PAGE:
No matter how successful the wooing in 2018 and 2019 nobody could have foreseen the biggest risk to arrive in years – the pandemic. However, again, look at the numbers from £100m in lending in 2019, the group hit £350m in 2021 and now £500m despite the crisis.

“It was trying times at the beginning of the first lockdown, but we remained positive and didn’t furlough any staff, and we took any quieter periods during that time to reflect on what we could do better – something we didn’t get as much time for on a day to day basis with the rate at which we were growing,” Gould says.

“In fact, my favourite ever transaction from the many we have done was the first one completed after the initial lockdown was announced.  It was a conversion of an old chapel into 5 residential units in an area with chronic undersupply.

It was great to be able to support a client during such a turbulent time and show the market we still had the capacity to support the right developments. “

Avamore’s strong trusted relationships with brokers also helped during this difficult time.

“Brokers had confidence in our track record of delivery from bridging to ground up schemes and part complete developments,” Gould explains.

“Much like the trading world, sometimes it’s time in the market rather than timing the market which is most important.

Brokers came to us during the pandemic because they know we provide strong opportunities for developers to deliver schemes and can trust what we say. In addition, as our name has grown, we have increased our geographical coverage from being London and Southeast focussed to now being a nationwide lender.

We have grown numbers quickly in the last two years but at its heart we have taken a slow and steady approach.”

Gould had hoped however for some more acceleration as the pandemic faded but admits that the current economic uncertainty of high inflation and interest rate hikes is a significant challenge.

“Increases in interest rates and inflation can adversely impact the viability of a development scheme in 3 main areas,” he says.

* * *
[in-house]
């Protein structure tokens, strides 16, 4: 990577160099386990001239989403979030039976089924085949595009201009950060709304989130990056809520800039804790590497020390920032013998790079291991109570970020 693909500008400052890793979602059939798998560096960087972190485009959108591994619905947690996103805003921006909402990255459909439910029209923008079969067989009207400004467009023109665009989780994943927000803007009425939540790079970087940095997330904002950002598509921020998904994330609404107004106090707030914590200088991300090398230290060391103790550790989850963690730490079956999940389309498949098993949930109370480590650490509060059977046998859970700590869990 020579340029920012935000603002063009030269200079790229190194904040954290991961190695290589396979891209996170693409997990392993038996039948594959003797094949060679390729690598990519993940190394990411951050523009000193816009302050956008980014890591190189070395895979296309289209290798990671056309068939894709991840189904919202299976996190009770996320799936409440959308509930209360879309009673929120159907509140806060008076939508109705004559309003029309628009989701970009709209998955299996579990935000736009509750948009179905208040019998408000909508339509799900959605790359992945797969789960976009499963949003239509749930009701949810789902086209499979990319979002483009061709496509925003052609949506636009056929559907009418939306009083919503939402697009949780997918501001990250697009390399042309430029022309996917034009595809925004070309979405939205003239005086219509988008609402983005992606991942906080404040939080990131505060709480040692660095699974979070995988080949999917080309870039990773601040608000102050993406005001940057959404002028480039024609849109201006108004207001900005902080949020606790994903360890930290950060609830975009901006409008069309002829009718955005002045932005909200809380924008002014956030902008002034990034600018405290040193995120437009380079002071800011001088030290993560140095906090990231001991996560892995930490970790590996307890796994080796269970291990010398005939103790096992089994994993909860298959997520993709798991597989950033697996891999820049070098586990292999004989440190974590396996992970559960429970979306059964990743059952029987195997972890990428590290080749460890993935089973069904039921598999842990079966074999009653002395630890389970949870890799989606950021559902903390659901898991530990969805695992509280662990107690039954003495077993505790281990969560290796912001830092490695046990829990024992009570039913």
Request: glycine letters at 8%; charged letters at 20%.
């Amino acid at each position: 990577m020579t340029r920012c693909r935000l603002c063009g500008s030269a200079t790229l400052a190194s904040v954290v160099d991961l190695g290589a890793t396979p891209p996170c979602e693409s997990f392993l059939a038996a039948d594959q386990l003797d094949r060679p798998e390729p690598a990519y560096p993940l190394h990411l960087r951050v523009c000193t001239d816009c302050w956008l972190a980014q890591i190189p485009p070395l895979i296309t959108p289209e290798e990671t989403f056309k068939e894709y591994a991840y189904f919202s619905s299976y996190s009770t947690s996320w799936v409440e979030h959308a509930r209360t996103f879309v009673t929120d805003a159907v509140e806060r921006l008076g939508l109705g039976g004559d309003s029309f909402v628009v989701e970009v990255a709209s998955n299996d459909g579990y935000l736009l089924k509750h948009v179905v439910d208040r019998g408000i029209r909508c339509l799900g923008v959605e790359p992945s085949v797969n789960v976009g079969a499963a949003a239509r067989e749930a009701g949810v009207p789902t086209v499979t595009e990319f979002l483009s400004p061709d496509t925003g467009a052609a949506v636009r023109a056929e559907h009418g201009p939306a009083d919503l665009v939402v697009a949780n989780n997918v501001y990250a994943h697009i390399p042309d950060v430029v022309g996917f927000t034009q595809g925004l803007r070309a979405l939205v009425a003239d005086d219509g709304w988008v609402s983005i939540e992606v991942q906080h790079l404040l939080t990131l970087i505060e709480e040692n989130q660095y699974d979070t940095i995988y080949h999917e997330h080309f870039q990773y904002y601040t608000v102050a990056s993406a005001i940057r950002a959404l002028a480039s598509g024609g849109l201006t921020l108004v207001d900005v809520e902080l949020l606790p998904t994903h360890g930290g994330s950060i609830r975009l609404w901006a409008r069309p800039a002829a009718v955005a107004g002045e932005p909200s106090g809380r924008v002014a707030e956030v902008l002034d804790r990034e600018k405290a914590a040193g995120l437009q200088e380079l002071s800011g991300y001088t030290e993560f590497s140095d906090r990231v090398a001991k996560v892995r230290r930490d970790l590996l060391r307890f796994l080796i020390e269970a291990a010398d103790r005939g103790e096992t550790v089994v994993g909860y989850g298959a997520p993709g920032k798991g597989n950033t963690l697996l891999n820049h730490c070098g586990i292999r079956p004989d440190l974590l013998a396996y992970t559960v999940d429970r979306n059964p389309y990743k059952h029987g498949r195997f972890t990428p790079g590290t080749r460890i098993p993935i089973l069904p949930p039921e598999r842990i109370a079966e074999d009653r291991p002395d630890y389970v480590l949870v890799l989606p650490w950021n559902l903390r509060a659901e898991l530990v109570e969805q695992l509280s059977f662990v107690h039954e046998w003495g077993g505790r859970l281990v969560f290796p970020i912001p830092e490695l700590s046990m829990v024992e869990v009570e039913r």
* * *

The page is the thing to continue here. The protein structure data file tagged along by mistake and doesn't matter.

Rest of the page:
“There is the affordability of development financing, increasing cost of materials and the availability/affordability of mortgage finance for the end user, be it owner-occupier or investor. Over the past decade we have had historically low interest rates and benign inflation which led to significant downwards pressure on development financing rates and upwards pressure on end unit values.

It is important for Avamore that we adjust our appetite to reflect the current market conditions so we can continue to support our broker’s and borrowers.

Now more than ever we need to be transparent regarding which schemes we are willing to support, but also show the level of commercial flexibility needed to continue to be successful in a turbulent market”.

Gould says as traditional mortgage markets have tightened lenders need to ensure that developers and contractors are being realistic with their estimated build costs in an inflationary environment.

“We’ve always looked at a developers experience, their track record and the strength of the underlying contractor completing the works,” he adds.

“We want to know that the schemes we are financing are being delivered by a contractor who not only has recent experience delivering similar schemes but also has the balance sheet to sustain increases in material costs or significant project delays.

However, we are not afraid to continue supporting the market for first-time developers if it is the right scheme and they employ a solid team of 3rd party professionals.”

Indeed, Avamore could emerge stronger from the crisis. This will be down to is historic strengths but also developments such as a new lending platform earmarked for launch next year. T

hey will also keep fulfilling a final core principle – creating a strong team culture which has undoubtedly been maintained as the group climbed from three staff in 2015 to over 30 people in June 2022.

“Our team members are extremely important. We strive to maintain a hard-working and entrepreneurial culture by bringing in young property professionals and moulding them into industry leaders.

We promote a lot within the company rather than hiring laterally,” Gould explains. “The landmark shows to both our internal staff and the market that hard work, commitment and teamwork pays off.”

In closing Gould was optimistic about what’s to come, “The current uncertainty is another opportunity to show our strengths. We know the quality of our credit book, team expertise and our ability to innovate,” he says.

“We will continue to focus on originating new business and supporting SME developers by doing what we’ve always done. Just doing it better. We are looking forward to the future and hitting more milestones.”